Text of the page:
The University of Houston also prevented the film from being shown on its station. A press release explained that the university understood the “strong and understandable objections by the government of Saudi Arabia at a time when the mounting crisis in the Middle East, our long friendship with the Saudi government and U.S. national interests all point to the need to avoid exacerbating the situation.” Several years earlier the university had signed a lucrative contract to provide instruction for a Saudi princess in Riyadh, and the university received a significant percentage of its donations from oil companies.
While all Arab gifts are sometimes portrayed as nefarious, much of it is for benign purposes such as research in health care and science. MD Anderson, one of the nation’s premier research hospitals, for example, was one of the largest recipients of funding, reporting two $75 million gifts from the UAE. Another large gift, $15 million from Qatar, went to Tulane after Hurricane Katrina.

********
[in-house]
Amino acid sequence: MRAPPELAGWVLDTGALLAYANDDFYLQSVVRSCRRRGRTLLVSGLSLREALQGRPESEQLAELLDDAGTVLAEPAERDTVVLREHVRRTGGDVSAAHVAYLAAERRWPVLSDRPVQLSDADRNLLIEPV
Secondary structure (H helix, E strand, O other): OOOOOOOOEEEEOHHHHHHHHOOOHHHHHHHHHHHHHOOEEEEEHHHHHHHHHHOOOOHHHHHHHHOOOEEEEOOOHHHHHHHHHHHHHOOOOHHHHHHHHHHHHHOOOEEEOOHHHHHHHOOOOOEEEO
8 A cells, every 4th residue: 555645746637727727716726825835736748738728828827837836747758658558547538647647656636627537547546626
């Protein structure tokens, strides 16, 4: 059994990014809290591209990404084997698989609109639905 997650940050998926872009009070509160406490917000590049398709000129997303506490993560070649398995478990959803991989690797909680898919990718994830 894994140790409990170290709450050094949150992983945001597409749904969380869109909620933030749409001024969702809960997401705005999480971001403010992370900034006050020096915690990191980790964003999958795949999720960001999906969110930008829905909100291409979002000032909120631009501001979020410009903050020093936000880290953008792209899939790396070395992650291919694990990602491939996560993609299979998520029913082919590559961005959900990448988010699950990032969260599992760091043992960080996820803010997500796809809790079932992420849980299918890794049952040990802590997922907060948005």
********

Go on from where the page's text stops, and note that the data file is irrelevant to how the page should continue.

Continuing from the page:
These students do not come here to study politics; they are more interested in science, engineering, information technology, medicine and other areas that will help them professionally and serve the needs of their countries. As noted earlier, many of the gifts to universities are to subsidize their education. Furthermore, while here, these students typically focus on their studies and are not actively involved in campus politics. With thousands spread across the country, these students could potentially affect the atmosphere if they were to become active in the BDS movement and other anti-Semitic, anti-Israel campaigns.